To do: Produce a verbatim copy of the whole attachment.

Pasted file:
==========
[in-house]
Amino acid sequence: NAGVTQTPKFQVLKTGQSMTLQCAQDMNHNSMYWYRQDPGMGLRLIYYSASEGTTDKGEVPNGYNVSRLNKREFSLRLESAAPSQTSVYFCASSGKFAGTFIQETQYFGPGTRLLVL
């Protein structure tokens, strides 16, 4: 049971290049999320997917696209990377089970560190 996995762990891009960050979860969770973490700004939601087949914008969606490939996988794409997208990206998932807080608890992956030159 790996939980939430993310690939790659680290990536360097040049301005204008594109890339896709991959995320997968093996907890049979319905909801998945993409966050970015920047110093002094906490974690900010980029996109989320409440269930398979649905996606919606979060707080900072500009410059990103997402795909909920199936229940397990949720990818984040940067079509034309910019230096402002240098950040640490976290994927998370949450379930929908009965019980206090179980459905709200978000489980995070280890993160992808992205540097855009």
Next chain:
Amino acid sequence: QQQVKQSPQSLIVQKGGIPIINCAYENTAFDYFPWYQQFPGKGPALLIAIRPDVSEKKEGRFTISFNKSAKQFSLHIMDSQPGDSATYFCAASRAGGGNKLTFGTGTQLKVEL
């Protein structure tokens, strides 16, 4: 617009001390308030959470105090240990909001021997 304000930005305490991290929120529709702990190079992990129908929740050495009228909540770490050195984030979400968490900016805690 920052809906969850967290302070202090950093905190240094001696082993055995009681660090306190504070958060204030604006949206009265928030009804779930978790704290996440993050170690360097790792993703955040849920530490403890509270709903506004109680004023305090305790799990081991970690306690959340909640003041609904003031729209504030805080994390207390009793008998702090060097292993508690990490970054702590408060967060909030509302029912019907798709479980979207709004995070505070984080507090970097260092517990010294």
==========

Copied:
[in-house]
Amino acid sequence: NAGVTQTPKFQVLKTGQSMTLQCAQDMNHNSMYWYRQDPGMGLRLIYYSASEGTTDKGEVPNGYNVSRLNKREFSLRLESAAPSQTSVYFCASSGKFAGTFIQETQYFGPGTRLLVL
């Protein structure tokens, strides 16, 4: 049971290049999320997917696209990377089970560190 996995762990891009960050979860969770973490700004939601087949914008969606490939996988794409997208990206998932807080608890992956030159 790996939980939430993310690939790659680290990536360097040049301005204008594109890339896709991959995320997968093996907890049979319905909801998945993409966050970015920047110093002094906490974690900010980029996109989320409440269930398979649905996606919606979060707080900072500009410059990103997402795909909920199936229940397990949720990818984040940067079509034309910019230096402002240098950040640490976290994927998370949450379930929908009965019980206090179980459905709200978000489980995070280890993160992808992205540097855009």
Next chain:
Amino acid sequence: QQQVKQSPQSLIVQKGGIPIINCAYENTAFDYFPWYQQFPGKGPALLIAIRPDVSEKKEGRFTISFNKSAKQFSLHIMDSQPGDSATYFCAASRAGGGNKLTFGTGTQLKVEL
């Protein structure tokens, strides 16, 4: 617009001390308030959470105090240990909001021997 304000930005305490991290929120529709702990190079992990129908929740050495009228909540770490050195984030979400968490900016805690 920052809906969850967290302070202090950093905190240094001696082993055995009681660090306190504070958060204030604006949206009265928030009804779930978790704290996440993050170690360097790792993703955040849920530490403890509270709903506004109680004023305090305790799990081991970690306690959340909640003041609904003031729209504030805080994390207390009793008998702090060097292993508690990490970054702590408060967060909030509302029912019907798709479980979207709004995070505070984080507090970097260092517990010294």